In the robot-assisted cohort, the robotic platform was a Hover-T frame, which is designed for minimally invasive surgery. The frame is fixed on the spine and pelvis during the whole insertion procedure. Relative resting of the body and platform can reduce the influence of accidental body motion on screw accuracy. Ringel et al.  reported a lower screw accuracy of 85% by using a “bed mount” platform (a platform fixed on the edge of the operating bed) and attributed the inaccuracy to the inappropriate platform choice. The relative movement of the robot to the patient may be slightly larger with this method.
In terms of FJV events, the robot-assisted technique was better than the fluoroscopy-guided technique. This finding is consistent with previous studies [8, 25, 26]. We only analyzed the top two pedicle screws in each patient to measure the incidence of FJV for two reasons. First, only FJV from the top screws is related to ASD and even reoperation. Second, accurate measurement was difficult in the lower segments because facetectomy was performed for decompression. Furthermore, an offset from the operator might exist. To reduce the probability of FJV, surgeons should pay more attention to the entry points of the top screws during preoperative planning or intraoperative localization. Different from the robot’s one-time drilling, the fluoroscopy-guided technique requires adjustment of the entry point a few times. Joint capsule injury may occur during this step. We deduce that it may aggravate the degeneration of the facet joint and cause ASD. No research has described this phenomenon.
Because of the different decompression methods, we only compared the radiation exposure time during the screw placement procedure. The results showed that the robot performed significantly better in minimizing this time. The advantage of the short radiation exposure time is more remarkable as the number of screws increases, especially in some spinal deformity surgeries. This is because most of the radiation exposure in robotic surgery occurs during the registration and platform process, which only needs to be performed once per operation. Fan et al.  compared the radiation dose among robots, novel guided templates, and CT-based navigation in adult degenerative scoliosis. The robot-based surgeries exhibited the lowest intraoperative radiation dose. In our study, we included the exposure time involved in connecting the percutaneous rod. The robot can preoperatively plan a better screw order, which can reduce operation times and radiation exposure. This may be one of the reasons for the low radiation exposure time.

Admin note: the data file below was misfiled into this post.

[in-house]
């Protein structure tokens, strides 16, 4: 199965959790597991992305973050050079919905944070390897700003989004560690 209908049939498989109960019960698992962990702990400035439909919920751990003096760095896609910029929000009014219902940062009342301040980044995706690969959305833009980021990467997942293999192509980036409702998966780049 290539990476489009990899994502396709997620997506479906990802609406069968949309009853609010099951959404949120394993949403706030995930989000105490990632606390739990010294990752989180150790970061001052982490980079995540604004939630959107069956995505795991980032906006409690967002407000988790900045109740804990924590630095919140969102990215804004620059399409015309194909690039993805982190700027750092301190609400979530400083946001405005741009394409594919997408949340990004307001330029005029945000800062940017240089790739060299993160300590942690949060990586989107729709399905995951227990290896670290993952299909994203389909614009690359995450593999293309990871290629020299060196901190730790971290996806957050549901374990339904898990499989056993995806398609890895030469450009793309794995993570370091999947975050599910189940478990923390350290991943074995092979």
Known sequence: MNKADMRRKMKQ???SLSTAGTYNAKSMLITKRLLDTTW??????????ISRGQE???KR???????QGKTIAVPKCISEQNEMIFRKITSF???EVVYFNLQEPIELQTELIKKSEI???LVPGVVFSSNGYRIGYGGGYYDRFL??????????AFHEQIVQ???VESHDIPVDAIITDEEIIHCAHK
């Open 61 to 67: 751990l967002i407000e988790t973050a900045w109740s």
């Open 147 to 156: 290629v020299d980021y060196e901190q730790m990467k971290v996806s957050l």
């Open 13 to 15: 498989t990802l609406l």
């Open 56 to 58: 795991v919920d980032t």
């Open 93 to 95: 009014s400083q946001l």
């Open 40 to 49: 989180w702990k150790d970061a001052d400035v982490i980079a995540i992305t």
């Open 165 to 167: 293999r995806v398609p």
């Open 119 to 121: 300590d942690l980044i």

Intraoperative adverse events were equal in the two techniques. However, it seems that the complications in the robot group are less likely to cause serious consequences. Keric et al.  also found no significant differences between robotic-assisted and fluoroscopy-guided screw placement regarding intraoperative complications. The identification of additional adverse events requires studies with larger sample sizes.
The findings of our study provide a new anesthesia method for the clinical application of spine robots. It proves that the spinal robot can be used under regional anesthesia. The accuracy is clinically acceptable. Considering that regional anesthesia has many advantages over general anesthesia , we expect that some minimally invasive operations, such as PELD, bone biopsy, and percutaneous kyphoplasty, can be performed under regional anesthesia. Medical costs and recovery periods can be reduced accordingly. There are some limitations in this study. First, this is a single-center retrospective study, so the sample size is small (only 41 patients included). Thus, selection bias may exist. Second, the preoperative and postoperative screw positions were not compared because of technical issues.
Robot-assisted pedicle screw placement under regional anesthesia can be performed effectively and safely. The accuracy is comparable to that of the fluoroscopy-guided technique. Moreover, this technique has the advantage of fewer FJVs and a lower radiation time.
|PELIF:||Percutaneous endoscopic lumbar interbody fusion|
|MIS-TLIF:||Minimally invasive transforaminal lumbar interbody fusion|
|RE-RO:||Robot-assisted under regional anesthesia|
|GE-FLU:||Fluoroscopy-guided under general anesthesia|
|FJV:||Facet joint violation|
|ASD:||Adjacent segment disease|
|PELD:||Percutaneous endoscopic lumbar discectomy|
|VAS:||Visual analogue scale|
The data are available upon request to the corresponding author.
This study was approved by the Ethics Committee of Hebei General Hospital (no. 202029) and was conducted in accordance with the Declaration of Helsinki.
Written informed consent was obtained from the participants whose radiological data were selected for publication in the journal.
Conflicts of Interest
The authors declare that they have no conflicts of interest.
Shangju Gao and Wenyi Li carried out study design, statistical analysis, and preparation of the manuscript. Jingchao Wei collected data, conducted the literature search, and prepared the manuscript. Long Zhang collected the data and performed the statistical analysis. Can Cao, Jinshuai Zhai, and Bo Gao collected the data and conducted the literature search. All authors read and approved the final manuscript. Shangju Gao and Jingchao Wei contributed equally to this work.
The authors would like to give special thanks to Miss Hua Wan for assistance with the patients’ follow-up. The research was supported by the Key Research of Medical Science in Hebei Province, China (grant no. 20180004).